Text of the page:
Yes, how inconvenient, at my age I'm still trying to work out what concealer, foundation, eyeliners, mascara, etc are for, and how to go about painting my face with them, and how can I wear it for a few hours without rubbing them off or onto my face. I've always wanted to be a boy and never worry about these things. And it's sort of embarrasing - guys, it's like being in your mid twenties and not being able to drive a car. Well I suppose my guy friends wouldn't be able to help me out (would be horrified if you offered), and I lack close female friends to consult.

I find it really hard to smile genuinely, taking photos on my own, with a boring white backdrop. No scenery, no mountains, no beach, no cute pets, no cuddly soft toys - just a plain white wall with a grey shadow. But scrolling through the photos, I noticed that in the same place, when we took photos together, my face lit up. Not exactly happier  (okay, maybe on some), but more animated. And literally, the lighting looked brighter in those photos. Or perhaps you're right in saying my face looks prettier because there's something to compare it to, ha, just kidding.

Not so fantastic

I had hopeful thoughts. Instead of scribbling sadness and anger, for the first time in ages, I started to jot down some positive things, about our interactions. I thought you were learning, being supportive, patient, thoughtful. I thought this semester started well, and unlike the last, maybe it will even end well.

Maybe, there will be less of these days. But nothing has changed. The forever standing conflicts over communication haven't improved. We laugh about it, but it's really not very funny when you can't start a chat without starting a fight. Just masked when we are in the same place more often and not required to demonstrate that extra effort. It's not like you're short of time these days or doing something important that you can't actually be attentive. Just lazy. For the millionth time - when I share my concerns, I want to talk to an alive, thoughtful, empathetic, normal, human, being. Not a wall, not generic answers, not robotic replies. Out of sight out of mind aye? Good to know before next year.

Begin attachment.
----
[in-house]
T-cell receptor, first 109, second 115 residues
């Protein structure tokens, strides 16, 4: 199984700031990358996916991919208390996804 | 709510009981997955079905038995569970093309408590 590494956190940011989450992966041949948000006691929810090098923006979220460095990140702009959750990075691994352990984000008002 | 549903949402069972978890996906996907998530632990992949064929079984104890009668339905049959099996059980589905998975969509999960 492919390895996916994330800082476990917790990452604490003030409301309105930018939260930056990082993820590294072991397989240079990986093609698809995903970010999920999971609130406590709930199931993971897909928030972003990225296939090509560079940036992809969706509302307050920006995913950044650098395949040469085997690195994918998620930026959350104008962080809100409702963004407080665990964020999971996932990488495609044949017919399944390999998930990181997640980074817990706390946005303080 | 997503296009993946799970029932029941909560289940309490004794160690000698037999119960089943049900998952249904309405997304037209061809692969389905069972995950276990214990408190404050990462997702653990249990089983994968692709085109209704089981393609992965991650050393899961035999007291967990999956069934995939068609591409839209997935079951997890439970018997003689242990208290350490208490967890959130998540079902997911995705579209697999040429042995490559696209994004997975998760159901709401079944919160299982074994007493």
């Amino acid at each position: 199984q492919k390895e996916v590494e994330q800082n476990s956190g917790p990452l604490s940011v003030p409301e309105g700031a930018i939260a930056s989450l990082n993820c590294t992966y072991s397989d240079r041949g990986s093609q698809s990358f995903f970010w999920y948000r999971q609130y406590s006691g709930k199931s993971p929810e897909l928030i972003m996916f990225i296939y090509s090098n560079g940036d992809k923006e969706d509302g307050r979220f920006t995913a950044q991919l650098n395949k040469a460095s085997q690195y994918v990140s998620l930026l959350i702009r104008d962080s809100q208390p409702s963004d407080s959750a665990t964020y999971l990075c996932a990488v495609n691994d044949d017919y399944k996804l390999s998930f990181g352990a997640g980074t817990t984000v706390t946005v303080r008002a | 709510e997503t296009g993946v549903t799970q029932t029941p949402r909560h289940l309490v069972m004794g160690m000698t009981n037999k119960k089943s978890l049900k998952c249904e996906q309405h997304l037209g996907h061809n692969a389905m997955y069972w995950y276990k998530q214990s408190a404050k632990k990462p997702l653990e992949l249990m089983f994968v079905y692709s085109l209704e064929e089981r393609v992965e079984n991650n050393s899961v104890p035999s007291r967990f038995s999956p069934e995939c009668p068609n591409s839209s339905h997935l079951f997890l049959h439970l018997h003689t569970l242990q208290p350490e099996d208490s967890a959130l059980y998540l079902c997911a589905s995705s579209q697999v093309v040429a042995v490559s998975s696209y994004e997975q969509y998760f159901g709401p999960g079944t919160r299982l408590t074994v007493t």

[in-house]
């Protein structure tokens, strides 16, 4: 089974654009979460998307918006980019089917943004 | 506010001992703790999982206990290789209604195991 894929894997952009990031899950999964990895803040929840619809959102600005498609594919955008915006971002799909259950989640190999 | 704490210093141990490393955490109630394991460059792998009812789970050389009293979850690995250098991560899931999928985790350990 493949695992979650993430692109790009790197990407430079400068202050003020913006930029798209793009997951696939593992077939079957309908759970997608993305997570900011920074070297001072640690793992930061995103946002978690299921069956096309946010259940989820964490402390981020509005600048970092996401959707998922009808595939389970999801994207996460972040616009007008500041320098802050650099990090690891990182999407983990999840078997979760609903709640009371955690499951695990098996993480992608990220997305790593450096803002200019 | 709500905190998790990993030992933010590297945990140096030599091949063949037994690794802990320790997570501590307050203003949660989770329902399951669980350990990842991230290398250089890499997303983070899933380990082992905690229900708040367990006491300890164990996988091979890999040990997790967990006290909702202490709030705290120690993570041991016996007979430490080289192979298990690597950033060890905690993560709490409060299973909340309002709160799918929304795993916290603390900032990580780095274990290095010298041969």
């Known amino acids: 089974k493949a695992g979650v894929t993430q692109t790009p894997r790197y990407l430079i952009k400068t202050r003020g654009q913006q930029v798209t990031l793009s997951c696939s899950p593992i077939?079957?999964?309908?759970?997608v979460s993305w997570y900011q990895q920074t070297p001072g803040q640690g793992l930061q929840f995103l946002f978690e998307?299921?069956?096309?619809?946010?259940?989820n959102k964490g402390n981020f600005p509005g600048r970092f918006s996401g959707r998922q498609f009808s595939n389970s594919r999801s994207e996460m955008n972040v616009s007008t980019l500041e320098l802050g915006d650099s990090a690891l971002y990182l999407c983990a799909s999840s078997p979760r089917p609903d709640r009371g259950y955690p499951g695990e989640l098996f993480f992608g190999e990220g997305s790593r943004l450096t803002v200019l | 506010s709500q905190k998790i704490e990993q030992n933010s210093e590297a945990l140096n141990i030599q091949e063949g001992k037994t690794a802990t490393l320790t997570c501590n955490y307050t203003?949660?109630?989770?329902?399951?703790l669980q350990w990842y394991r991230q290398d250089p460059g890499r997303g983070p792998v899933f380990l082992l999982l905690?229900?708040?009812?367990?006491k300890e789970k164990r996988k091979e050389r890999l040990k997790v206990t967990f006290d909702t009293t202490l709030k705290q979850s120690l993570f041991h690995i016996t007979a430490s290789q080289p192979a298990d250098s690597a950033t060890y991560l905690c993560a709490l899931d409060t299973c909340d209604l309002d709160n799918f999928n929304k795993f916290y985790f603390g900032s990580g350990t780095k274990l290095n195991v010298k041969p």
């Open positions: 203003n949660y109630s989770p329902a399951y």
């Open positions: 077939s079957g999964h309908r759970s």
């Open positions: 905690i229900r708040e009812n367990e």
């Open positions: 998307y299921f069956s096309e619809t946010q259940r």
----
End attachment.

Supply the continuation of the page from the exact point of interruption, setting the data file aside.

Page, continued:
I hate optimistic thinking, it sets you up to be disappointed.

A: What do you think happened when the Prince found Cinderella?
Little girl: Uh, they got married and lived in a castle?
A: And... lived unhappily ever after! *evil laugh*


Dr: how are you finding this rotation?

MS: *gives generic answer*

Dr: *asks again in slightly different wording*

MS: being a woman, the content is quite interesting, and it's nice to see people excited about their pregnancies, but the administration side of things isn't the best... perhaps I enjoyed the previous paediatrics rotation more

Dr: *probes*

MS: yes, this rotation does tend to produce quite polarised views among my coursemates, which is quite unusual for any rotation

Dr: *probes more*

MS: *talks about timetables, signing log books, interprofessional hatred etc*

Dr: why don't you bring that up to the school?

MS: I don't feel strongly about it, it's annoying but the system is functional. Are you involved in organising this rotation?

Dr: no I'm just interested, and you're the first person I've heard not give positive feedback on the women's rotation

MS: *uh, speechless*

I've heard very few people, especially from this course, making positive remarks about this rotation. I wanted to say but of course no one will actually tell you that, but stopped there. The only reason I answered, was that you asked and probed. But perhaps if I was to replay this I would hold my tongue and think of some positive words to say.

Which is basically along the same lines as what the W dean was saying in a discussion on job interviews. You didn't actually say this, but what you're really saying is that I need to take acting classes so I can learn how to be excited, enthusiastic, positive about these jobs, passionate about life. And hey, it's not true that I present the way I do because I'm a shy, reserved, quiet, Asian. It's more that I never quite feel "great!" or "FANNNTASTIC!" about medicine, or life, or anything really.(Unless you say that how I feel about life is an Asian trait, rather than a personality trait? hmm.) Does that make me a worse doctor? Maybe.